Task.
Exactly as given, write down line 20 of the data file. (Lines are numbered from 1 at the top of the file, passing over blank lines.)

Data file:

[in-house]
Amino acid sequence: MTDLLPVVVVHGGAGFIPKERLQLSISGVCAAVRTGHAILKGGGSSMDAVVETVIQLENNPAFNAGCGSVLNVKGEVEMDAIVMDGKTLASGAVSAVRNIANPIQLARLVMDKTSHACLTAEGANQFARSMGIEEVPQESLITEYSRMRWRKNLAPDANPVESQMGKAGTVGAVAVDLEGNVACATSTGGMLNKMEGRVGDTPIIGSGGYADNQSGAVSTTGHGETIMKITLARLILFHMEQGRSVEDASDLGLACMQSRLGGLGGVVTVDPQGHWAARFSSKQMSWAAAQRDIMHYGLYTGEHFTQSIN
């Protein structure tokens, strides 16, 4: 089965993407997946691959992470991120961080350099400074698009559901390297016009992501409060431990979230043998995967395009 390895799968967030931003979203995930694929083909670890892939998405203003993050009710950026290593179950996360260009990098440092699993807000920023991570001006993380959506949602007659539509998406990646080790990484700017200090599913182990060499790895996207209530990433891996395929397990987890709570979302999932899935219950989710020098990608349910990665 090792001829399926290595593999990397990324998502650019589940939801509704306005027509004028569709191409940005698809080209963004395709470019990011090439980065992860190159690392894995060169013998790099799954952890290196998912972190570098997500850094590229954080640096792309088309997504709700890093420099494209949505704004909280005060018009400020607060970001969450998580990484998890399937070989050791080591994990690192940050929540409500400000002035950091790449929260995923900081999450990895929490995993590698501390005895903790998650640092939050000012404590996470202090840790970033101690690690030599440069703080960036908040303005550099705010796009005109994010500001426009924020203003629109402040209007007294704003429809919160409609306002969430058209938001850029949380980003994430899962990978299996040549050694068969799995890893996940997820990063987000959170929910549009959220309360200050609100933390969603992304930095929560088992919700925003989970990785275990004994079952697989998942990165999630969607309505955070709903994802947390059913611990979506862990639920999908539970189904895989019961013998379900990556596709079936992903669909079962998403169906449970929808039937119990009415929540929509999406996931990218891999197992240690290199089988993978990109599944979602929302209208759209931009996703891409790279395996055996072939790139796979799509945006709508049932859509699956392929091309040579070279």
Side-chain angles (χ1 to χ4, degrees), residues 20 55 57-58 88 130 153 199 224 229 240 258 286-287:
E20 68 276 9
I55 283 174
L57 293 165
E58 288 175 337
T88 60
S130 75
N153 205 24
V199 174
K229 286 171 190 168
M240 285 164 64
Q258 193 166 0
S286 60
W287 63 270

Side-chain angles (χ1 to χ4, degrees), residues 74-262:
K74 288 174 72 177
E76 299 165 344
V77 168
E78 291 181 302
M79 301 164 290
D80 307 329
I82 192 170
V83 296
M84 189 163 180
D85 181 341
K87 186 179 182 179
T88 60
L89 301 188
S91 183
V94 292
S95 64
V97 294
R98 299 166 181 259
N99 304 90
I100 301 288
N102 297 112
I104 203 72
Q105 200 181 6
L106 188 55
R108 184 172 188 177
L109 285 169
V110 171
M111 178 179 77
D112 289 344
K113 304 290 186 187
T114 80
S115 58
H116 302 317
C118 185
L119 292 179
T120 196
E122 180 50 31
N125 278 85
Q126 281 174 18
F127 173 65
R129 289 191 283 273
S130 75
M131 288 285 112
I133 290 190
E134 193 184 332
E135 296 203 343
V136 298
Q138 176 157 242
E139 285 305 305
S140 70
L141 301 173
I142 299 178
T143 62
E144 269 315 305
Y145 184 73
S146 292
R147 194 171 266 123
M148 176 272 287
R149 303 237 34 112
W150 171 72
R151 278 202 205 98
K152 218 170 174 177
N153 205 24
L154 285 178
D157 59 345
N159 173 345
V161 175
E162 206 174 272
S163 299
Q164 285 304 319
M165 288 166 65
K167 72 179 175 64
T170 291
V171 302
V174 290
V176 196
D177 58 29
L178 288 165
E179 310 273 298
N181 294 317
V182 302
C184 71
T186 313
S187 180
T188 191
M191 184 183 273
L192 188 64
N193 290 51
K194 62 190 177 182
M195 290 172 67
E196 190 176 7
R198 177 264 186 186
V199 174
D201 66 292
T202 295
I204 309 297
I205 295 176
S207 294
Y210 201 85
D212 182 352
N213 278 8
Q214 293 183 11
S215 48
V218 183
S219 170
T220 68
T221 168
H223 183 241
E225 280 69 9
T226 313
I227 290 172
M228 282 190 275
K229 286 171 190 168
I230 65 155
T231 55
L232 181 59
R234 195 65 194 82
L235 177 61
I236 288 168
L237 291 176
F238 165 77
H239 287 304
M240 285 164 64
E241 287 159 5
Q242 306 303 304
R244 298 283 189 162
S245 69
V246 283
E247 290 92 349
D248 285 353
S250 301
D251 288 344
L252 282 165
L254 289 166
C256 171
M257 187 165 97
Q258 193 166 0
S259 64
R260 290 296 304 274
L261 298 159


E76 299 165 344